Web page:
Has the future of oil changed? Or is the dependency on oil here to stay for the long haul? By Larry Lapide, January 21, 2014, Supplychain247.com
This column represents the annual oil update I’ve been writing since my first column appeared in the January/February 2007 issue of SCMR (“Is Your Supply Chain Addicted To Oil?”).
As always, Exhibit 1 depicts quarterly imported crude oil prices from the U.S. Government for close to 40 years. Denoted on the chart is the “Era of Cheap Oil,” which lasted almost 20 years. During that period, “real” (i.e., deflated) oil prices bounced around from $20 to $30 per barrel.
The period also overlapped with the heyday of the Supply Chain Management (SCM) evolution that began in the mid-1990s.
Over this time companies started altering their networks to embrace the integration and globalization of supply chains, leveraging cheap oil to lower costs and inventories.
As can be noted from Exhibit 1, real oil prices have been hovering around $100/barrel since the Great Recession, despite the dismal global economy. Prices are now three to four times higher than they were during the Era of Cheap Oil.
I’ve been postulating that once the economy starts growing more robustly, oil prices would steadily rise with greater volatility well past 2020. This would be due to increased global demand and the need to leverage more expensive oil-drilling methods – such as deep-water drilling and shale-oil fracking (an extraction technique) – in order to meet increasing demand.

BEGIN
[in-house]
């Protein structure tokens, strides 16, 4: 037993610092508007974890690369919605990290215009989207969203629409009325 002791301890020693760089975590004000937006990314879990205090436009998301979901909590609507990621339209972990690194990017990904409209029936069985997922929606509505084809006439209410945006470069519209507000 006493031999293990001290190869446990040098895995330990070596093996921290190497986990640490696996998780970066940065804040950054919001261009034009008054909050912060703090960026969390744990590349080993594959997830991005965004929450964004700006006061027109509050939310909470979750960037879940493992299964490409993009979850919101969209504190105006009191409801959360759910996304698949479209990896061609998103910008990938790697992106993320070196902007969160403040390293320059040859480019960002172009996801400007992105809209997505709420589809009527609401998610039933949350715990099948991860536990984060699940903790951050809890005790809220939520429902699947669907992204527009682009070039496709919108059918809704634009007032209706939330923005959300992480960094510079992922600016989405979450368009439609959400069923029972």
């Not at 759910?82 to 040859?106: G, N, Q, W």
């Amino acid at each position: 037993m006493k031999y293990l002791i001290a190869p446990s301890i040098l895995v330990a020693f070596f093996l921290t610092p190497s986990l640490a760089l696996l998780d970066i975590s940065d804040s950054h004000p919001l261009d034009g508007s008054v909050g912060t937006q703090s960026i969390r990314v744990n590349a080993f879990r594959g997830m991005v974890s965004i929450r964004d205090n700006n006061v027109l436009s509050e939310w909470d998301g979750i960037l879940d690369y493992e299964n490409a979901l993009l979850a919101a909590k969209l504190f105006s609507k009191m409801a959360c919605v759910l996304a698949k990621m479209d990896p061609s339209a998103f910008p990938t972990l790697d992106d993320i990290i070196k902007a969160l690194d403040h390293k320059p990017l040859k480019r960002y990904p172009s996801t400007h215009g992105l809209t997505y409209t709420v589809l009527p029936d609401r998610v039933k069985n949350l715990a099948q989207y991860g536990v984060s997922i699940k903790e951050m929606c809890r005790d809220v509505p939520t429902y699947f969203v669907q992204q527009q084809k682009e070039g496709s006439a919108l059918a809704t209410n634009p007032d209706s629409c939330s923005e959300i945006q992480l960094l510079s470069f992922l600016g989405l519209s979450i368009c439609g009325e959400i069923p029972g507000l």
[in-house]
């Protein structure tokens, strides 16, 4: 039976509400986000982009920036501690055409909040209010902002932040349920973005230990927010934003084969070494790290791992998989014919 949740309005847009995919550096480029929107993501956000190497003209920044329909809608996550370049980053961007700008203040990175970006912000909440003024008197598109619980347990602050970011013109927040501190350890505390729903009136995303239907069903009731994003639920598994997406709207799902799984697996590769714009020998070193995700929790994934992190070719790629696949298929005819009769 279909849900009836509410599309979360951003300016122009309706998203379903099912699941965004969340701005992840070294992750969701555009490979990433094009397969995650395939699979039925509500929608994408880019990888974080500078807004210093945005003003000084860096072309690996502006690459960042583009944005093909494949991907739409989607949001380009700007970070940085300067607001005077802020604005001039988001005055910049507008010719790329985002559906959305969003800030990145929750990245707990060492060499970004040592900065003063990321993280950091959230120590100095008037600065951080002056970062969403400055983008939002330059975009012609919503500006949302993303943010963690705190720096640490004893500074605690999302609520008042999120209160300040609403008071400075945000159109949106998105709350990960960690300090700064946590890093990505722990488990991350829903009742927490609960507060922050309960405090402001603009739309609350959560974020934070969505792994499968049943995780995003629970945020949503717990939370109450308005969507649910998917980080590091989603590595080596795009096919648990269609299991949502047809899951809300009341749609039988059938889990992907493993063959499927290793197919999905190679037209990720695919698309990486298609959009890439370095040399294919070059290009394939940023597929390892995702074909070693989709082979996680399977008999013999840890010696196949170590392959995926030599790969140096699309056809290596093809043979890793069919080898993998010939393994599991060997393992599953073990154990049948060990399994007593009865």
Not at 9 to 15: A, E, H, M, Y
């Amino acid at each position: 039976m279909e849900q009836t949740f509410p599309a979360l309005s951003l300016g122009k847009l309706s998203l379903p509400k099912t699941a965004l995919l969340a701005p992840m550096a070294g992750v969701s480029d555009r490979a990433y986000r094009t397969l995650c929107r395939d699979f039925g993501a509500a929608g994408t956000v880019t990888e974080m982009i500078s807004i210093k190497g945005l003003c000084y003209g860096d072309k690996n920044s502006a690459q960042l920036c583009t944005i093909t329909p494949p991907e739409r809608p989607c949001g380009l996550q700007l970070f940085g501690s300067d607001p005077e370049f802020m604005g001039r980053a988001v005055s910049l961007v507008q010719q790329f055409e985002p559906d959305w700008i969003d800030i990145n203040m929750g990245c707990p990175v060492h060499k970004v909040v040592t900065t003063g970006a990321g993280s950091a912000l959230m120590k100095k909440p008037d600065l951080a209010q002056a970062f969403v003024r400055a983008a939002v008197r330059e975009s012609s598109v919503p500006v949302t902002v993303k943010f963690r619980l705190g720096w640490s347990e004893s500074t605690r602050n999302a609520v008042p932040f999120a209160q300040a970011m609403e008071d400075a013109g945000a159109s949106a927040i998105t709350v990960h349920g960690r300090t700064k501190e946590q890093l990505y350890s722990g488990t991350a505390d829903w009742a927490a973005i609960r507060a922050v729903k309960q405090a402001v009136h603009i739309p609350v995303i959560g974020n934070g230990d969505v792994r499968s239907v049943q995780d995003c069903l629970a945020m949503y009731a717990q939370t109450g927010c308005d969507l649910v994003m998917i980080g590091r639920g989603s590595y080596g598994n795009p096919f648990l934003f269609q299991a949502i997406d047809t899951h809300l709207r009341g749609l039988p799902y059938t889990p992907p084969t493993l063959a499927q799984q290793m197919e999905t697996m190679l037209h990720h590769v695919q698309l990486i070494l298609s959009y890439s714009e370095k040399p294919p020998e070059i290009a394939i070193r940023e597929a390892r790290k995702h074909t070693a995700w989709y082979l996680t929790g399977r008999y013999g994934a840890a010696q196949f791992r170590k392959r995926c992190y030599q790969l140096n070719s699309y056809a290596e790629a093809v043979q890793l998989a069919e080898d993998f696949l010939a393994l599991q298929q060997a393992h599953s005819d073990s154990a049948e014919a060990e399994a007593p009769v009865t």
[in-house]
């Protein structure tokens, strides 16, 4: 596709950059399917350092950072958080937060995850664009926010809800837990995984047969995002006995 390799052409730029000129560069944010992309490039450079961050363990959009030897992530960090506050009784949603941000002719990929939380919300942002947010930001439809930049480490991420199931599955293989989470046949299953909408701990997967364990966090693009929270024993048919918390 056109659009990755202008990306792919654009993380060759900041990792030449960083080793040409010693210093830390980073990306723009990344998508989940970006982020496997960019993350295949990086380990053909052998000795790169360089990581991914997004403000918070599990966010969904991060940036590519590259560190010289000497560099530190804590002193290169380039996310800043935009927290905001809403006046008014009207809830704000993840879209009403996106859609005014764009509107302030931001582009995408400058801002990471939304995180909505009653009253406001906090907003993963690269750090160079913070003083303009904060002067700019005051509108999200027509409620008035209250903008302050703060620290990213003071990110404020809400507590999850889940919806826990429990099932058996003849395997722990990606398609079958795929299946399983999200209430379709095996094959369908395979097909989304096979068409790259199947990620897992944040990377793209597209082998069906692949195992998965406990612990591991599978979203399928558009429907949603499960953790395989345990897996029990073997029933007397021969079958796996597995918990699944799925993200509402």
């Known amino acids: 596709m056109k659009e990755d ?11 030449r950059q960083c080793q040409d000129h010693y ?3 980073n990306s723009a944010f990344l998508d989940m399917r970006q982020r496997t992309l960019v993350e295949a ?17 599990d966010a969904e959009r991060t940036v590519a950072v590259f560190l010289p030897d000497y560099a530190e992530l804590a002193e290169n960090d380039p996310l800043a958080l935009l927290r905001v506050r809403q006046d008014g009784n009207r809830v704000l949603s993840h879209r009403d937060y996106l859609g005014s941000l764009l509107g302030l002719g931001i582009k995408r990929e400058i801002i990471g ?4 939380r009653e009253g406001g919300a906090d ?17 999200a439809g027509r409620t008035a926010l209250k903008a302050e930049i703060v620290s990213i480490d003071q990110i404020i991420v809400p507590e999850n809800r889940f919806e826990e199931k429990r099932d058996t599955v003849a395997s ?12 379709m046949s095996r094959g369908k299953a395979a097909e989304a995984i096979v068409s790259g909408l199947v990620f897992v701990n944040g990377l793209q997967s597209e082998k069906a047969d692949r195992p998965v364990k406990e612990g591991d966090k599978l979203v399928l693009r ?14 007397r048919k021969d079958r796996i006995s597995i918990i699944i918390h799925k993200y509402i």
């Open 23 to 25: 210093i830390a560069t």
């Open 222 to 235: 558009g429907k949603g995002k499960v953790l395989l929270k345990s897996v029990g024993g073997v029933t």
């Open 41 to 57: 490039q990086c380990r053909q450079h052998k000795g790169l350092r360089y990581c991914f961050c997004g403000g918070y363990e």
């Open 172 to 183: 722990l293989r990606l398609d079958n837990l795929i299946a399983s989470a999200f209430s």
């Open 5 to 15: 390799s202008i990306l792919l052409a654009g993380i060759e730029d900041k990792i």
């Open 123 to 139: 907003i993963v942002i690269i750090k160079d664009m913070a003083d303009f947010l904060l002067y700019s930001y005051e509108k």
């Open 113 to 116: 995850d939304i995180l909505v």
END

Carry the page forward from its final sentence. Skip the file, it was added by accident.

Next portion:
I’ve been advising managers to alter supply chains to wean them off oil. Future supply chains need to be slower and designed to minimize costs and maximize energy efficiencies, rather than minimize costs and inventories.
Has Fracking Changed the Game?
This past year, however, has been different than discussed in prior updates; bringing to mind a quote from Yogi Berra that goes: “The future ain’t what it used to be.” I’m wondering: Has the future of oil changed?
I’ve thought long and hard about what to say this year because of all the media buzz around shale oil and natural gas fracking as energy saviors, maybe bringing back cheap energy and rendering the big user oil countries less dependent on oil, and less dependent on OPEC and other oil producing countries.
Below are some of last year’s news items:
- According to the U.S. Energy Department (Wall Street Journal, 7/26/13, “U.S. Sees Boom in Global Energy Use”) “The world will use far more of every type of energy in coming decades.” Oil, natural gas, and coal, however, will still account for 80 percent of energy use by 2040. Energy use will grow 56 percent from 2010 to 2040, mostly from use for electric power generation and transportation.
- In 2013, the U.S. started producing more crude oil than it imported due to reduced consumption and increased production from fracking. In addition, by 2020 the U.S. will overtake Saudi Arabia as the world’s largest producer of oil. Also, the U.S. has achieved self-sufficiency in natural gas, and currently has a surplus.
- Trucking companies are thinking seriously about using liquid natural gas (LNG) fueled vehicles. Large fleet operators such as Lowe’s, P&G, FedEx, and UPS have announced initiatives to shift more rapidly from diesel to natural-gas fueled vehicles.